1. Then you seem to have missed a number of key points. You need to revisit the videos and refer to the sources cited to get the full picture..

      In any case, there’s a whole world of difference between ‘vegetarians’ and people eating whole food plant based diets.

      1. Thank you. I have read all of Dr. Greger’s books, and Campbell, Esselstyn, Ornish, EPIC Oxford. Gone to see Greger speak. I parsed this string regarding stroke. I think I have some idea of the picture. I admire Dr. Greger. But remember, this whole string is an attempt to refute the EPIC Oxford study and in the first 3 videos he admitted there was no refutation except “perhaps” the Brit vegetarians did not eat a healthy vegetarian diet–but that was supposition, not fact. This final video cites a different study “more than a decade before the new stroke study” that shows “vegetarians” (Dr. Greger’s word”) have equal atherosclerosis as others. What study is that? Why not mentioned before? Then Dr. Greger raises B-12 as the issue. But that is also just supposition. As he puts it “that may explain it”. I admire Dr. Greger and thank him for all the work and effort he has put in, but this inability to refute the EPIC Oxford takes the air out of the bubble for me. Thank you.

        1. Eating a WFPB diet won’t make you immortal. It’s good for loads of reasons, and it’s great that the diet is pulled apart and understood better so we can all optimise our eating. I’m sure there will be cons but the pros outweigh them

        2. Peter, we (myself and a couple of others ) tossed around similar concerns yesterday towards the end of Monday’s video comments. The problem for me is in dealing with bp issues and learning I could be hardening arteries because of the link with low IGF1. I won’t repeat it all here, but check out the discussion if you are interested.

        3. Peter thanks for that smart response. This is a problem with many of the videos. Where’s there’s uncertainty or ambiguity, it could be usefully elaborated further. Instead it’s glossed over or it’s expressed in 1 word eg “may” and that 1 word can be doing a lot of heavy lifting to carry a few videos.

          Also, for clarification, if recommending B12 but not the methylated B12, also mention that (and summarise why).

          The result of watching these stroke videos is to feel more stressed: powerless to take any actions to reduce the risk. Already take high B12, is there evidence the recommended high dose really is safe?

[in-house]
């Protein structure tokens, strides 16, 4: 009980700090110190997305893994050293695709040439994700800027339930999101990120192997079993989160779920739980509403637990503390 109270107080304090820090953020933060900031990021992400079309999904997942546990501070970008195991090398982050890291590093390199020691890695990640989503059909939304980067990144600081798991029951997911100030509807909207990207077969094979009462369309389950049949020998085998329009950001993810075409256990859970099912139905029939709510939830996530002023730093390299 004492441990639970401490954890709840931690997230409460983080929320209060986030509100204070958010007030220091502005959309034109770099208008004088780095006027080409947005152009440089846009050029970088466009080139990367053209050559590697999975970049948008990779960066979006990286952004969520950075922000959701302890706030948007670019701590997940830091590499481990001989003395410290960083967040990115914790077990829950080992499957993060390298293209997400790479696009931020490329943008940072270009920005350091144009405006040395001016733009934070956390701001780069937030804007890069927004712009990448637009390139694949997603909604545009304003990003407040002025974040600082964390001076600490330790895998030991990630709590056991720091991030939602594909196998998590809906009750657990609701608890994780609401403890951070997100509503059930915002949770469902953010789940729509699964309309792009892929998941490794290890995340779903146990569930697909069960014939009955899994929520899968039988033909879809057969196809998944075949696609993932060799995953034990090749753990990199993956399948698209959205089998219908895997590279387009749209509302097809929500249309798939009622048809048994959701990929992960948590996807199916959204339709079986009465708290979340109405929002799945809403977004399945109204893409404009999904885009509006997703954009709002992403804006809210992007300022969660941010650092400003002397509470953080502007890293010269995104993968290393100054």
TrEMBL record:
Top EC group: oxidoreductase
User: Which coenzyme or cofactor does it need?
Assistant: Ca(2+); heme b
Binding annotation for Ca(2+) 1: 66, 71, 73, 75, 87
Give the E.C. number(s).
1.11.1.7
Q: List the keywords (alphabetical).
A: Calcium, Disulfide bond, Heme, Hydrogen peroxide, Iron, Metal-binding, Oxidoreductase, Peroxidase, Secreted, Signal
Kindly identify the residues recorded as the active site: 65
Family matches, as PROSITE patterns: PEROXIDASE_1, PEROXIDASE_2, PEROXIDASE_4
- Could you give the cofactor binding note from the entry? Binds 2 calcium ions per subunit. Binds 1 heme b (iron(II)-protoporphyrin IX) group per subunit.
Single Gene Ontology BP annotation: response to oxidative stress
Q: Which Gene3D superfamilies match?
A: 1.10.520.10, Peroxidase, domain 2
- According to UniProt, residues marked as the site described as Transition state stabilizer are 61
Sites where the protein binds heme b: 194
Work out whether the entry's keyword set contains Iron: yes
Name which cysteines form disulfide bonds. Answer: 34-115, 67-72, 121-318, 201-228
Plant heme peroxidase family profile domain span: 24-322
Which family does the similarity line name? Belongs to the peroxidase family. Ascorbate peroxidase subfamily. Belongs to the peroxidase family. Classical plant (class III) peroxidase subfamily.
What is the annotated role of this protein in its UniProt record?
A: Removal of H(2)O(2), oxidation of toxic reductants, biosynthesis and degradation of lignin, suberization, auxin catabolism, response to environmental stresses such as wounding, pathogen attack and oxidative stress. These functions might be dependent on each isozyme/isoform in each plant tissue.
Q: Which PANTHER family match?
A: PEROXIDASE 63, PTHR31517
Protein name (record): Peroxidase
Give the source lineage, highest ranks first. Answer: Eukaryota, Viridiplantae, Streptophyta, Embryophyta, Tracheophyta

1. Bob, I replied to your post, above in earlier post, with a link to a short video on the topic of too high serum b12. It also has links to the studies mentioned in the video in the video description.

          2. ‘ Already take high B12, is there evidence the recommended high dose really is safe?’

            The US National Institutes of Health note

            ‘The IOM did not establish a UL for vitamin B12 because of its low potential for toxicity. In Dietary Reference Intakes: Thiamin, Riboflavin, Niacin, Vitamin B6, Folate, Vitamin B12, Pantothenic Acid, Biotin, and Choline, the IOM states that “no adverse effects have been associated with excess vitamin B12 intake from food and supplements in healthy individuals” [5].’
            https://ods.od.nih.gov/factsheets/VitaminB12-HealthProfessional/

            (IOM = Institute of Medicine)

        4. @Peter, did Dr.G not suggest that Brits arent allowed the B12 fortification by law, which goes to Brits data informing global results?

          I saw the vids myself in this series, and I dont recall his stated mission was to refute the Oxford study.

          Can you share that part of the transcript?

        5. @ peter, no worries, you mentioned which studies he may have gotten his info from so we got you covered:

          Öztürk Ş, Altieri M, Troisi P. Leonardo Da Vinci and stroke – vegetarian diet as a possible cause. Front Neurol Neurosci. 2010;27:1-10.
          Ozturk S. Leonardo Da Vinci (1452-1519) as a stroke victim: hemiparesis: a result of a vegetarian diet?. J Med Biogr. 2009;17(1):7.
          Chrysant SG, Chrysant GS. The current status of homocysteine as a risk factor for cardiovascular disease: a mini review. Expert Rev Cardiovasc Ther. 2018;16(8):559-565.
          Spence JD. Carotid plaque burden is associated with higher levels of total homocysteine. Stroke Vasc Neurol. 2017;2(1):40.
          He Y, Li Y, Chen Y, Feng L, Nie Z. Homocysteine level and risk of different stroke types: a meta-analysis of prospective observational studies. Nutr Metab Cardiovasc Dis. 2014;24(11):1158-65.
          Zhou Z, Liang Y, Qu H, et al. Plasma homocysteine concentrations and risk of intracerebral hemorrhage: a systematic review and meta-analysis. Sci Rep. 2018;8(1):2568.
          Peng HY, Man CF, Xu J, Fan Y. Elevated homocysteine levels and risk of cardiovascular and all-cause mortality: a meta-analysis of prospective studies. J Zhejiang Univ Sci B. 2015;16(1):78-86.
          Hankey GJ, Eikelboom JW. Homocysteine and stroke. Lancet. 2005;365(9455):194-6.
          Martí-carvajal AJ, Solà I, Lathyris D, Dayer M. Homocysteine-lowering interventions for preventing cardiovascular events. Cochrane Database Syst Rev. 2017;8:CD006612.
          Finsterer J. Low risk of ischaemic stroke in hyperhomocysteinaemia. Lancet Neurol. 2017;16(9):682-683.
          Tong TYN, Appleby PN, Bradbury KE, et al. Risks of ischaemic heart disease and stroke in meat eaters, fish eaters, and vegetarians over 18 years of follow-up: results from the prospective EPIC-Oxford study. BMJ. 2019;366:l4897.